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Justice Department and eBay Settle Lawsuit

Most American workers take it for granted that they can change employers at their discretion. This provides opportunity to seek better wages and benefits, as well as the chance to find more meaningful employment. At the same time, potential employers have the right to recruit new talent, sometimes aggressively, from competing firms.

Ebay%20Campus-001.jpgHowever, many employers in California’s Silicon Valley seem to have taken exception to these facts. In the ultra-competitive technology industries, giants like eBay, Google, Pixar and Apple entered into agreements by which they promised their competitors not to poach talent. Acceptance of the agreement meant that the people at Intuit could not recruit a person with a desirable resume at eBay. The result; employees at these firms were denied access to opportunities that would have advanced their careers along with salary and prestige.

The U.S. Justice Department took exception to these agreements, charging that they created an anticompetitive atmosphere. The Department filed lawsuits against several companies that participated in these agreements. Many of these lawsuits have already been settled, with eBay being the latest company to do so.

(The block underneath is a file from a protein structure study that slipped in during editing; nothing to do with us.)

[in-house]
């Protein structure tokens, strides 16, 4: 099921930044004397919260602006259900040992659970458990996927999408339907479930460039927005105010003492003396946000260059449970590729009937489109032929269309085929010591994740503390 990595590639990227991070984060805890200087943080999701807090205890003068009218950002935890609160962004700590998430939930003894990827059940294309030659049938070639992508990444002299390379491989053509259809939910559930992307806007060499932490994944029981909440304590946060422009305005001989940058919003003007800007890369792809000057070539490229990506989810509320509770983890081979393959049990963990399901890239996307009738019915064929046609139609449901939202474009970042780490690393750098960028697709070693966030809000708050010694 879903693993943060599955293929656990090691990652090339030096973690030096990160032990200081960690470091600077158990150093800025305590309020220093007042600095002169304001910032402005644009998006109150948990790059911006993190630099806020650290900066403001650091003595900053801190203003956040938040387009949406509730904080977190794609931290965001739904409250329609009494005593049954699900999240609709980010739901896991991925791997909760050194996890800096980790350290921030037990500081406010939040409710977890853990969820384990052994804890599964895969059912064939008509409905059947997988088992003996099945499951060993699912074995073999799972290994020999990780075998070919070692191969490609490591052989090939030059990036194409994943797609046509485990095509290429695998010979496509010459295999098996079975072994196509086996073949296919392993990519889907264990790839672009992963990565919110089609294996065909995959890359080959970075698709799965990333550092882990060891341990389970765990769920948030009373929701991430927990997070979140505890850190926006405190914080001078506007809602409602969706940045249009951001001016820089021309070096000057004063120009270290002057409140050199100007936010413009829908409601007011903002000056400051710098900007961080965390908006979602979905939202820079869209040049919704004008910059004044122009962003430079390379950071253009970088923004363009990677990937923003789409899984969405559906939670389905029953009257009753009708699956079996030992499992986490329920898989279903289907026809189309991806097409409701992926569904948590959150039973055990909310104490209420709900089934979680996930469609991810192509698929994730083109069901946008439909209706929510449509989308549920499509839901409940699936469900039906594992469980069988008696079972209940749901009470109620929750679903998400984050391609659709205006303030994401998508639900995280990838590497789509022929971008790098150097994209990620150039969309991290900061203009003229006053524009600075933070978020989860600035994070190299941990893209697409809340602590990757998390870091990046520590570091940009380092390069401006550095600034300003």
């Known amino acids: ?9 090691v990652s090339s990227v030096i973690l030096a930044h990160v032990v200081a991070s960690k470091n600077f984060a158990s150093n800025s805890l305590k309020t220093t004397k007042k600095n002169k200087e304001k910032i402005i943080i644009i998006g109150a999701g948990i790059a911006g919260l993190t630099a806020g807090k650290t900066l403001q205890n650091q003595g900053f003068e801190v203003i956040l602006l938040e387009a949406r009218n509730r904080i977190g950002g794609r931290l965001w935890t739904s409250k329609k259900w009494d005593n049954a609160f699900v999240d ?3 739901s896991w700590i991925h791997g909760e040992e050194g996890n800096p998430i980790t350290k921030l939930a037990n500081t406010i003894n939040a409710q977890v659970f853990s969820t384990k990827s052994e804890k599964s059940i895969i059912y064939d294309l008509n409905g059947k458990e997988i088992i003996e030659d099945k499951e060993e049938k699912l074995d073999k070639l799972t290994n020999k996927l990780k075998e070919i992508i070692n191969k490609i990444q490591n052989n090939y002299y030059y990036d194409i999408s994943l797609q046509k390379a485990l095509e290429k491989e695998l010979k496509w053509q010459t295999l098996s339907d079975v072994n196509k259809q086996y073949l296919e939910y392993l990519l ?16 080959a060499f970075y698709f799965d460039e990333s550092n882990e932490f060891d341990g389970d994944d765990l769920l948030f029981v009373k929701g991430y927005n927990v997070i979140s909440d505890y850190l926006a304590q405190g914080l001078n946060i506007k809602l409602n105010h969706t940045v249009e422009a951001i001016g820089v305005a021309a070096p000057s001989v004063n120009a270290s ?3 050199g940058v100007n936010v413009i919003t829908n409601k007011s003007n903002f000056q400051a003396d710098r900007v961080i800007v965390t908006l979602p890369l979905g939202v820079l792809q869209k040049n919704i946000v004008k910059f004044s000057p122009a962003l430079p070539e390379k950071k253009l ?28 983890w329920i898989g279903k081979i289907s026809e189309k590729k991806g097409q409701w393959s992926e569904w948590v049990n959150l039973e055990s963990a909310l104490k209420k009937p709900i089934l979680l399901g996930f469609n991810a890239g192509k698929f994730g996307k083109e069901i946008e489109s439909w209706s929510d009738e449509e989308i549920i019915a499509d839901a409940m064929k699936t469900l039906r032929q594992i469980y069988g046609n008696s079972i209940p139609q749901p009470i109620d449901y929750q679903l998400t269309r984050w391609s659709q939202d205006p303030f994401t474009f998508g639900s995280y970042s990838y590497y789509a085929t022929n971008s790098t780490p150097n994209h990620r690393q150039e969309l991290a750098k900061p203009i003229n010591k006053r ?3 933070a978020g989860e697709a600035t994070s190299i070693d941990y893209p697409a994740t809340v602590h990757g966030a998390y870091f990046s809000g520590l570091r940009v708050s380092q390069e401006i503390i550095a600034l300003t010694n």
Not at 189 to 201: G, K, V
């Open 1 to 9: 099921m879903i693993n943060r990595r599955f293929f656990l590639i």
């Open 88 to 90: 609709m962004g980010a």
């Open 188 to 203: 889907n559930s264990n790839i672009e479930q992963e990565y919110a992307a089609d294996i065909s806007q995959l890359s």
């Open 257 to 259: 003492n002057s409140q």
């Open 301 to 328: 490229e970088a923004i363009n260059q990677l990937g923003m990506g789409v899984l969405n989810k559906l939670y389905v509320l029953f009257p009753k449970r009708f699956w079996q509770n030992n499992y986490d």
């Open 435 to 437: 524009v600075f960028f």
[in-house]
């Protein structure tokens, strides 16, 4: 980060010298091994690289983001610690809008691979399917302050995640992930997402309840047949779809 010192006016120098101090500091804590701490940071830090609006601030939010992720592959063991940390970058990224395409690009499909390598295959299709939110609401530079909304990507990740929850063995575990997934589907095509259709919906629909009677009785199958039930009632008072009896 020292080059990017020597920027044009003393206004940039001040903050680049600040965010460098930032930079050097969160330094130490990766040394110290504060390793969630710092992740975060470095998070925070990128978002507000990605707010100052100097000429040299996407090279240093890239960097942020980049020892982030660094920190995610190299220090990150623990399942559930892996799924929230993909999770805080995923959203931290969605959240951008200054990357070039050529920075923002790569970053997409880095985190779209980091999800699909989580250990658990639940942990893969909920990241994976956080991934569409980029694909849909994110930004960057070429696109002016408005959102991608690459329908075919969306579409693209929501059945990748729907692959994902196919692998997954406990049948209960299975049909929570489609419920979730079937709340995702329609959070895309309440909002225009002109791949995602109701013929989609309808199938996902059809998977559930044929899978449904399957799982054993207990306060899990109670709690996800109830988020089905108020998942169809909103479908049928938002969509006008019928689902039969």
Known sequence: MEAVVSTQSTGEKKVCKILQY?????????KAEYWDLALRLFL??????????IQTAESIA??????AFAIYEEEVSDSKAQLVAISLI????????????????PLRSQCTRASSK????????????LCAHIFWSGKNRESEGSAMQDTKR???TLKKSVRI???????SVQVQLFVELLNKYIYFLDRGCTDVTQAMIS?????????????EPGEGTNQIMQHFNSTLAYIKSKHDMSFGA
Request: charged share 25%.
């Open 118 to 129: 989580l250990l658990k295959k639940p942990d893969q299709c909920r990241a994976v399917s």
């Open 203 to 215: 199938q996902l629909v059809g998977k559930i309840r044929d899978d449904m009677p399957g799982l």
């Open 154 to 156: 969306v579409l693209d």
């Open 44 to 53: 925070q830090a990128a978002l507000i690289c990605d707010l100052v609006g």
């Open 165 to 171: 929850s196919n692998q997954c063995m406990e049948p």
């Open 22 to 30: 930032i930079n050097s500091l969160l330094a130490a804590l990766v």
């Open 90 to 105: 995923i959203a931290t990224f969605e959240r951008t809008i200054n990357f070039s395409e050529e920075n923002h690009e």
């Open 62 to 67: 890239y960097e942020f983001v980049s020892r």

The settlement does not require eBay to admit to any wrongdoing. In fact, counsel for eBay insists that the agreements were “acceptable and legal.” However, Assistant Attorney General Bill Baer says “the behavior was blatant and egregious.” Under the terms of the settlement, eBay may not enter into any similar agreements for a period of five years. The company also reached a settlement with the California Attorney General in which it is liable to pay $3.75 million to workers at eBay and Intuit who may have been adversely affected by the recruitment freeze. The settlement in the Justice Department lawsuit is still pending approval by the court, which is expected to happen soon.

The Justice Department began investigating recruitment and hiring practices at Silicon Valley firms several years ago. As a result, a massive class action lawsuit that represents more than 60,000 employees has also been filed. Many years will likely be required before all of the lawsuits have been settled.

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